The Hanford Advisory Board is asking the Department of Energy not to spend any more of the Hanford Site cleanup budget on a Consortium for Risk Evaluation with Stakeholder Participation (CRESP) evaluation of the remaining risk at the DOE facility. Money should be spent on cleanup, not more study, the board said in a letter sent to Monica Regalbuto, assistant energy secretary for environmental management.
The study by the independent, multiuniversity group was announced as a $4 million project and was commissioned by DOE officials in Washington, D.C., rather than those at Hanford. Neither DOE nor CRESP responded to a request for information on how much money has been spent to date.
Preliminary draft results, covering about half the Hanford areas and facilities still requiring cleanup, were released Aug. 31. The preliminary report focused on many of the most complex remaining projects, including groundwater, waste storage tanks, and the PUREX processing facility. The next phase of review would cover other Hanford projects, which include additional processing plants and waste sites where large amounts of liquid were disposed of in the ground.
CRESP officials have said the review’s identification and characterization of potential risks at Hanford is intended to provide information that will help guide decisions about the order in which remaining cleanup work should be done. Work at Hanford is expected to take 50 more years and cost more than $100 billion. “It’s important to take a step back periodically to assess what is remaining and how to think about the challenges ahead,” said David Kosson, the CRESP review’s principal investigator, in a previous discussion about the project.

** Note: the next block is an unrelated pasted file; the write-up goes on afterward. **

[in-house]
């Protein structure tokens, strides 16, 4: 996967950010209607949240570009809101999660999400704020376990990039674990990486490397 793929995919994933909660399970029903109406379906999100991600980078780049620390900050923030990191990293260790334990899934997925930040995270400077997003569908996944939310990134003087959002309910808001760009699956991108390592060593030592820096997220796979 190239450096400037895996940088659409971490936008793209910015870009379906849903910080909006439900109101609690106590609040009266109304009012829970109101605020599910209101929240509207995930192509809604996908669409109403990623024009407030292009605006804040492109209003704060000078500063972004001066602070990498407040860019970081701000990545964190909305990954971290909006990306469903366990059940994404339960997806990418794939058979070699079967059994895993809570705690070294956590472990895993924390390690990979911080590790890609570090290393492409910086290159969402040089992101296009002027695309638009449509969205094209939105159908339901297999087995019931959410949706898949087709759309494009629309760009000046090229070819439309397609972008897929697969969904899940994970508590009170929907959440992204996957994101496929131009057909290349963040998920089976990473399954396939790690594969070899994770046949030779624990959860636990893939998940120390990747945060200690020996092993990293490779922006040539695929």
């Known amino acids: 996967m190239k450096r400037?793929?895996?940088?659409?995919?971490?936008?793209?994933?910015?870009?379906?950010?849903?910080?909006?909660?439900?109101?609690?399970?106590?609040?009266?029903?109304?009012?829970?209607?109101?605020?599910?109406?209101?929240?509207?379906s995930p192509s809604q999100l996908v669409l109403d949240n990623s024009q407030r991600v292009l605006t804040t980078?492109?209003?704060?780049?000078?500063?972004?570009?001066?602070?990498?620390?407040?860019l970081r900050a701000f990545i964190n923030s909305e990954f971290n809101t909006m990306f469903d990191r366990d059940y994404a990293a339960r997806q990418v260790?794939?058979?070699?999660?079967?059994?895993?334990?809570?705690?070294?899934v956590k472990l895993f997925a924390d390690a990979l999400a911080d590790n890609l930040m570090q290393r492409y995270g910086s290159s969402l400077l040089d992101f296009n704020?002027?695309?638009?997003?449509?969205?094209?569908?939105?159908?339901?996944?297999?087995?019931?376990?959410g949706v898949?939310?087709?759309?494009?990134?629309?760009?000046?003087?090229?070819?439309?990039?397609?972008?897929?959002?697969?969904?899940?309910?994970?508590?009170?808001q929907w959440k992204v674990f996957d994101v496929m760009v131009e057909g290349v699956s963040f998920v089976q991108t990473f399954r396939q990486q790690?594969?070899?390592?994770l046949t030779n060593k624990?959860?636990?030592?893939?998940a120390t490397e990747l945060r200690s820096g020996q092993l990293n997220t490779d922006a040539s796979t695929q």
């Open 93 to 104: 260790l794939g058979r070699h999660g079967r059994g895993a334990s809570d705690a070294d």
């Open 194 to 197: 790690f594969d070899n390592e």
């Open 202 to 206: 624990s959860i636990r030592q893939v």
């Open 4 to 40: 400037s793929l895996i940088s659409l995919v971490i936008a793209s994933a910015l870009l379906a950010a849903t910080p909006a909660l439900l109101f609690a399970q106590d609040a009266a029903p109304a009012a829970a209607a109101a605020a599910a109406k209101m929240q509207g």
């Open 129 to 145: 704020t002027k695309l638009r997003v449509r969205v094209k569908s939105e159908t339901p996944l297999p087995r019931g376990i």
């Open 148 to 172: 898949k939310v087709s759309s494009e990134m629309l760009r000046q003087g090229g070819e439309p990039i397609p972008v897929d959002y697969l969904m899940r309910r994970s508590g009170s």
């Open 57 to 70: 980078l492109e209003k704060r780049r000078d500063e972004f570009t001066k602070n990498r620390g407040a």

“We are concerned that its findings may be used to help justify doing less cleanup at Hanford,” the board said. “We have seen numerous attempts through the years to do just that, all based on the premise that it is too expensive to do the cleanup that DOE has committed to complete.” Board members said there is no justification to deviate from the Hanford cleanup work spelled out in the Tri-Party Agreement, the court-enforced consent decree, and records of decision. Their provisions are based on extensive scientific analysis, including risk analysis, and significant public review and input, the letter said.
The process should not be circumvented, said board member Pam Larsen. “Risks have been known for a long time,” said advisory board member Susan Leckband. She called the study an academic exercise that should not be extended, given its cost. Board members said that since the most challenging remaining cleanup work was covered in the first phase of the report, it appears unlikely that continuing the study would provide meaningful insights. “We do not see a value in spending the cleanup budget to complete this study,” the letter said. “The board strongly recommends that you not proceed with the remainder of this project and return its associated budget back to Hanford.”